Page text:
Friday, November 17, 2017


I’ve never been much of a basketball player. In spite of this--or more likely, because of this--I have a profound admiration for talented basketball players. A skilled player knows precisely where to be on the court, and when. They can think ten steps ahead and see a clear path to the basket even when an inexperienced spectator like me cannot. When they pass the ball, they know where to pass it without needing to stop and look around first. To my eyes, this almost looks like magic, but the technical term is court sense. Players with court sense may have been particularly quick or coordinated to begin with, but they have also put in countless hours of practice over the course of years, often starting with pick-up games when they were children. As they played, mastering the basics, learning the rules of the game, and improving their form, they also developed an awareness of the court and the players on it that has essentially become instinctive.

While writing and reading may seem incomparable to the game of basketball, I believe that word sense exists in much the same way that court sense does. Writers with word sense express complex ideas in a way that illuminates rather than obscures. Their diction dances and their sentences sing. Their paragraphs pulse with dynamism, every word, every clause, every sentence purposefully developing the main idea. They know precisely when to pause, when to pivot, when to drive forward. And then, like players on defense, readers with word sense pick up on nuance and subtleties to determine exactly where the author is going. They quickly ascertain the author’s purpose and detect the strategies the author will use to achieve that purpose. They spot the relationship between the words and phrases on the page and know when the author is pausing, pivoting or driving the point forward. They keep up a constant inner dialogue with the author, agreeing, disagreeing, questioning, critiquing.
Here we come to the crux of the matter: just as court sense is not built overnight, neither is word sense. Basketball players develop court sense through years of practice, shooting hoops with friends, learning the rules of the game, watching professional players, mastering the basics before trying more complex maneuvers and plays. Court sense is not a formulaic sum of all of these elements, but rather the organic byproduct of years dedicated to working on them.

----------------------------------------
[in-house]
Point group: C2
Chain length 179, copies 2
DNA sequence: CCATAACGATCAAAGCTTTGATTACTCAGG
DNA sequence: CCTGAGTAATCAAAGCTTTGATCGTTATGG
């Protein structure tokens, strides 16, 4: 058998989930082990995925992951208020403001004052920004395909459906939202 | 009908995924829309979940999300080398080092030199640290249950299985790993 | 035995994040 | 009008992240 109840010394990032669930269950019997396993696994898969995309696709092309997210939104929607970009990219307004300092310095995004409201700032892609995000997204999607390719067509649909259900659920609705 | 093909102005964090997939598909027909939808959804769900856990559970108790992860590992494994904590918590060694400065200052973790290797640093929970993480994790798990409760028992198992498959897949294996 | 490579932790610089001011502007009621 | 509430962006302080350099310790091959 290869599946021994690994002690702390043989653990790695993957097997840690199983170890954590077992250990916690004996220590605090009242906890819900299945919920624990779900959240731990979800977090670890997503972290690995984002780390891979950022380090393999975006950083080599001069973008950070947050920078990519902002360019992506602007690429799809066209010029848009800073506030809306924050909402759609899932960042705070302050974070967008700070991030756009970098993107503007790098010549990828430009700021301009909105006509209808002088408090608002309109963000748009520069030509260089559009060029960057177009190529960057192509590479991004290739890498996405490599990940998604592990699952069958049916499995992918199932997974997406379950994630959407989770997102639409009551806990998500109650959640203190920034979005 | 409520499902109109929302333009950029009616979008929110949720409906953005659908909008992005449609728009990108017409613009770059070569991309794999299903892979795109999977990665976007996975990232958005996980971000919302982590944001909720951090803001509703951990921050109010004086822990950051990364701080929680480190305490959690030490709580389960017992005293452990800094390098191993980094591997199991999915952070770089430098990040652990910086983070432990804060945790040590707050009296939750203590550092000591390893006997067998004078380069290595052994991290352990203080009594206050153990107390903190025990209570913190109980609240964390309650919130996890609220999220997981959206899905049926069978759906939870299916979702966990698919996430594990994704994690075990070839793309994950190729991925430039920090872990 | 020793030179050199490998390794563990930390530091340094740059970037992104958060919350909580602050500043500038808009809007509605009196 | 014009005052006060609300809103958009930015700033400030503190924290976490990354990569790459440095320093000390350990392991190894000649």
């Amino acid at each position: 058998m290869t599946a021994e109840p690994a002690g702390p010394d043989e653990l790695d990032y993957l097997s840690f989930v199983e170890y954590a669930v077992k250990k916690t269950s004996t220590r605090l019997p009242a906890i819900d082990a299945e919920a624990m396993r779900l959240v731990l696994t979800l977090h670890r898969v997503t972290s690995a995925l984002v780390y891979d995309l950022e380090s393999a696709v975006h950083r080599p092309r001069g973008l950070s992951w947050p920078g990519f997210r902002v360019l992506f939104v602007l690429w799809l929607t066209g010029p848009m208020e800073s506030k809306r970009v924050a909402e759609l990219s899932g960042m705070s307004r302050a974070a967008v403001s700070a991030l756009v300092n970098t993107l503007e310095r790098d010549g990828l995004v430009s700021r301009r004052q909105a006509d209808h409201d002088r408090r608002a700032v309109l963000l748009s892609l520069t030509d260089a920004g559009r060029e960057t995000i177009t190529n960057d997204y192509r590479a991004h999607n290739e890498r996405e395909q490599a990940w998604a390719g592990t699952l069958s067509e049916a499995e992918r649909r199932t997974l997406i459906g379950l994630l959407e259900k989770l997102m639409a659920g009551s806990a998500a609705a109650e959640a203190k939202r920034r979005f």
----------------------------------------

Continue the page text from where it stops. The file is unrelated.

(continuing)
Readers and writers, likewise, develop word sense through years of practice, writing for fun, actively acquiring vocabulary and grammar, reading voraciously, and trying out styles, words and phrases that they’ve picked up from their reading. I know that I as an 11th grade teacher cannot take credit for my students with word sense. That credit must be shared among the students’ other teachers starting as early as elementary school, the students’ parents, and most of all, the students themselves.

These are the students who will ace reading comprehension tests, who will pick up on argument analysis the first time around, who will get A’s on the essays I assign, who will receive 4s or 5s on the AP exam. I’m adding a square to the mosaic of their word sense, but I did not magically make them into exemplary writers or readers over the course of one school-year.

This has implications for the students who have not developed word sense, as well. It means that they should not expect A-grades if they have not invested the years into developing word sense that a handful of their classmates have. For me to give out A’s for work that is simply competent or basic would be unfair to those whose work is truly exemplary, tantamount to comparing a player who has finally figured out dribbling, passing and shooting with a player who mastered the basics long ago. I’ve been guilty of this in the past--it has resulted in grade inflation, where an ‘A’ in my class did not mean what it should have meant. This year, I’m consciously fighting that. This means that students need to adjust how they view the grades we as teachers give. A ‘B’ is not a bad grade for students who have finally gotten the basics. In my mind, ‘B’ shows that the students are competent, that they have met the standard, but are perhaps not quite ready to go beyond it. I will do whatever it takes to help my students grow as readers and writers, but I also recognize that my first priority is to help them become competent, and then to find ways to push them beyond mere competency--not necessarily to get them to an ‘A’ level. I want my students to look beyond the nine months they will spend in my class to the future. For those who have a vibrant word sense, how can they use that in whatever calling they pursue? For those who have not developed that word sense, is that something they want to develop? If so, what will that goal require of them in the coming years?